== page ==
The James W. Brittain Residence is designated a Saint John Local Historic Place for its architecture and for its association with James W. Brittain.
Many of the buildings in the residential district of Germain Street were constructed in the latter part of the 19th century or early 20th century as all the older buildings were destroyed in the Great Saint John Fire of 1877. Long established as one of the wealthier areas in the city, Germain Street is known for its many fine residences and stately architecture. Constructed for James W. Brittain in 1923, this residence is a good example of brick Italianate residential architecture from the rebuilding period in Saint John after the fire. The Italianate style is evident in the wide cornice, two-storey bay windows and the overall symmetry of the front façade.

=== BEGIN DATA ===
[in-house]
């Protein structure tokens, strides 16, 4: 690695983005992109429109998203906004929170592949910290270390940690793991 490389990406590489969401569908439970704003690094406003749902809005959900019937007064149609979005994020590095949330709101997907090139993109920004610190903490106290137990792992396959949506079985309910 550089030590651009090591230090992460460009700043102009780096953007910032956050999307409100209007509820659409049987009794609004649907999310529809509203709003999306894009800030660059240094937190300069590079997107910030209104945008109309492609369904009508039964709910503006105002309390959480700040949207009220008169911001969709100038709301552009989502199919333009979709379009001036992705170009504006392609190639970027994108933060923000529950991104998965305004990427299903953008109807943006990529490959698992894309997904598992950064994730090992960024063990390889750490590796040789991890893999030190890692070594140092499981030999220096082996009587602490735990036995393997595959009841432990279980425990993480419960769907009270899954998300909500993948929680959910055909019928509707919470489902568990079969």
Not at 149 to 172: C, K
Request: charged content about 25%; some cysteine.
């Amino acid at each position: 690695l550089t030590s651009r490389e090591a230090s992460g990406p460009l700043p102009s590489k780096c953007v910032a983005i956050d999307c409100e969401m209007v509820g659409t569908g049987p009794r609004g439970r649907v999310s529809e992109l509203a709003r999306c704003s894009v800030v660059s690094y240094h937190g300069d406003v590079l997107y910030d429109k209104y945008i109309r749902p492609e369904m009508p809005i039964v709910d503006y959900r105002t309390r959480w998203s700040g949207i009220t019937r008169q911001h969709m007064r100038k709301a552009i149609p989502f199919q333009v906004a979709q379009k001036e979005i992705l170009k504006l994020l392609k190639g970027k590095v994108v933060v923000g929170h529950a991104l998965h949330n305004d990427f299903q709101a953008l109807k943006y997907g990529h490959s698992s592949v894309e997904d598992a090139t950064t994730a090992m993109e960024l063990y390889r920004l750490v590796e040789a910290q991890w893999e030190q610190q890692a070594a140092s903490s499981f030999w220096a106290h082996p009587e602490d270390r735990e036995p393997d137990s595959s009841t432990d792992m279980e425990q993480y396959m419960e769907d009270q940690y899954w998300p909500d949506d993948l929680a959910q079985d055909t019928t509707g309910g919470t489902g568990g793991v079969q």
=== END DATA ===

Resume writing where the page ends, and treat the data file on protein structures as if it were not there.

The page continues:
The James W. Brittain Residence is also recognized through its association with James W. Brittain. A prominent businessman of the city, he served as president of J. T. Knight & Co., as well as the shipping firm of James W. Brittain & Sons, which he founded. A mayor of the City in both 1932 and 1936, he was reputed to have been one of New Brunswick’s best-known and popular political figures. He was elected to the legislature for Saint John in 1952, and served as Minister of Education and Municipal Affairs during the McNair Liberal Administration. In addition to his illustrious career, Brittain became a member and, at times, a high-ranking executive of several community and fraternal organizations. Brittain remained at his Germain Street residence until 1949.
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